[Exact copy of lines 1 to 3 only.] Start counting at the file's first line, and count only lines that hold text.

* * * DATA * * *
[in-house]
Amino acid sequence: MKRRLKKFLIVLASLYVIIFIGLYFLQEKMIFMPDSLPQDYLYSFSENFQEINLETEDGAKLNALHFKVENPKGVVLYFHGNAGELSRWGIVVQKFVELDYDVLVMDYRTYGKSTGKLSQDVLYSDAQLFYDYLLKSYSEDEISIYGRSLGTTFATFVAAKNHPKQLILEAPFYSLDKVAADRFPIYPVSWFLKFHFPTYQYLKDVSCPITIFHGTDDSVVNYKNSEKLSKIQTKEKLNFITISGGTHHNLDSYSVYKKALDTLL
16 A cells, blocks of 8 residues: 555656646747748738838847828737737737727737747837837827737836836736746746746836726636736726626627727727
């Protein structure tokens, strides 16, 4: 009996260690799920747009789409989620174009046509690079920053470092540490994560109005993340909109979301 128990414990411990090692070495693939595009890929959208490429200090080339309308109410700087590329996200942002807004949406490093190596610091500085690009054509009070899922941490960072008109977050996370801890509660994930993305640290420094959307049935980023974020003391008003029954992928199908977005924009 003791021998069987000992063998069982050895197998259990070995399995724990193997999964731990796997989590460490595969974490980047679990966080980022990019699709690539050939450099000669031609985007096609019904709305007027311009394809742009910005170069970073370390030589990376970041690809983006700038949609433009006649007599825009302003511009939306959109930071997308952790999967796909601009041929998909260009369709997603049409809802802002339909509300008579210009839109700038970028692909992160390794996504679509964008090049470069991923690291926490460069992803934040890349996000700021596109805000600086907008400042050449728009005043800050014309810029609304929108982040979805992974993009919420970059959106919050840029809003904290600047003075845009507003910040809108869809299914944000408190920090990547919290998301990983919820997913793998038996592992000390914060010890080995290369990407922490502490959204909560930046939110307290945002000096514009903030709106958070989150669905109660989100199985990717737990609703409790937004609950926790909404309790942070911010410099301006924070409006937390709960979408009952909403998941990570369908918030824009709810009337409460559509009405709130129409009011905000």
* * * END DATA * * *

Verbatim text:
[in-house]
Amino acid sequence: MKRRLKKFLIVLASLYVIIFIGLYFLQEKMIFMPDSLPQDYLYSFSENFQEINLETEDGAKLNALHFKVENPKGVVLYFHGNAGELSRWGIVVQKFVELDYDVLVMDYRTYGKSTGKLSQDVLYSDAQLFYDYLLKSYSEDEISIYGRSLGTTFATFVAAKNHPKQLILEAPFYSLDKVAADRFPIYPVSWFLKFHFPTYQYLKDVSCPITIFHGTDDSVVNYKNSEKLSKIQTKEKLNFITISGGTHHNLDSYSVYKKALDTLL
16 A cells, blocks of 8 residues: 555656646747748738838847828737737737727737747837837827737836836736746746746836726636736726626627727727